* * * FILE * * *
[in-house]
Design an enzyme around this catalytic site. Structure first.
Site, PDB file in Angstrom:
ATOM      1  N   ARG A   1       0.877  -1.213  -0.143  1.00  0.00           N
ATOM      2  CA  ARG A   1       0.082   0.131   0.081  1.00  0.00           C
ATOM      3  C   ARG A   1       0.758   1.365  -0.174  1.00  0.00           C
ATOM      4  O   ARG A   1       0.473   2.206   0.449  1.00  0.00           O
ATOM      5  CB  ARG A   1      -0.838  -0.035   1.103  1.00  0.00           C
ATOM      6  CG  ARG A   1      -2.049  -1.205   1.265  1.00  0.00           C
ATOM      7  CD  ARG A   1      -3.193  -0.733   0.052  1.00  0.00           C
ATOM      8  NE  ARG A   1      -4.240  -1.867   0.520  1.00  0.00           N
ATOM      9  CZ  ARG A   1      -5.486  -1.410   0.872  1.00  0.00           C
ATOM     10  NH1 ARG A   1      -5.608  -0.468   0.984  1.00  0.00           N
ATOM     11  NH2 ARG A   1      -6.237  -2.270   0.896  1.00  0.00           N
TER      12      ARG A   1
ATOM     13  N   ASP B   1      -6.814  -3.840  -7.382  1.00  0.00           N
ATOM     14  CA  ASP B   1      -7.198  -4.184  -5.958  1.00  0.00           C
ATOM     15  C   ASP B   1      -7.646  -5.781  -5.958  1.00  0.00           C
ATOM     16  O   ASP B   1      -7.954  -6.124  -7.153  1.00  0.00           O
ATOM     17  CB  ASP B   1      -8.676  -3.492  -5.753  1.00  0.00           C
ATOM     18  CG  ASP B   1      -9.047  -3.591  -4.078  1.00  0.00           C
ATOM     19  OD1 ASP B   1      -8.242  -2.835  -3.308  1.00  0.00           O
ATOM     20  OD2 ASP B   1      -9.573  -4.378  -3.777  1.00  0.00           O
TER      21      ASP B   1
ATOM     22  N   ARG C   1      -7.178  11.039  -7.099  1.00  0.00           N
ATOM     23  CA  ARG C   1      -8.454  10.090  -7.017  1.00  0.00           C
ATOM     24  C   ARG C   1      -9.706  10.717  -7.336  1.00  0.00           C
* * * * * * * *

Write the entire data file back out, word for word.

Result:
[in-house]
Design an enzyme around this catalytic site. Structure first.
Site, PDB file in Angstrom:
ATOM      1  N   ARG A   1       0.877  -1.213  -0.143  1.00  0.00           N
ATOM      2  CA  ARG A   1       0.082   0.131   0.081  1.00  0.00           C
ATOM      3  C   ARG A   1       0.758   1.365  -0.174  1.00  0.00           C
ATOM      4  O   ARG A   1       0.473   2.206   0.449  1.00  0.00           O
ATOM      5  CB  ARG A   1      -0.838  -0.035   1.103  1.00  0.00           C
ATOM      6  CG  ARG A   1      -2.049  -1.205   1.265  1.00  0.00           C
ATOM      7  CD  ARG A   1      -3.193  -0.733   0.052  1.00  0.00           C
ATOM      8  NE  ARG A   1      -4.240  -1.867   0.520  1.00  0.00           N
ATOM      9  CZ  ARG A   1      -5.486  -1.410   0.872  1.00  0.00           C
ATOM     10  NH1 ARG A   1      -5.608  -0.468   0.984  1.00  0.00           N
ATOM     11  NH2 ARG A   1      -6.237  -2.270   0.896  1.00  0.00           N
TER      12      ARG A   1
ATOM     13  N   ASP B   1      -6.814  -3.840  -7.382  1.00  0.00           N
ATOM     14  CA  ASP B   1      -7.198  -4.184  -5.958  1.00  0.00           C
ATOM     15  C   ASP B   1      -7.646  -5.781  -5.958  1.00  0.00           C
ATOM     16  O   ASP B   1      -7.954  -6.124  -7.153  1.00  0.00           O
ATOM     17  CB  ASP B   1      -8.676  -3.492  -5.753  1.00  0.00           C
ATOM     18  CG  ASP B   1      -9.047  -3.591  -4.078  1.00  0.00           C
ATOM     19  OD1 ASP B   1      -8.242  -2.835  -3.308  1.00  0.00           O
ATOM     20  OD2 ASP B   1      -9.573  -4.378  -3.777  1.00  0.00           O
TER      21      ASP B   1
ATOM     22  N   ARG C   1      -7.178  11.039  -7.099  1.00  0.00           N
ATOM     23  CA  ARG C   1      -8.454  10.090  -7.017  1.00  0.00           C
ATOM     24  C   ARG C   1      -9.706  10.717  -7.336  1.00  0.00           C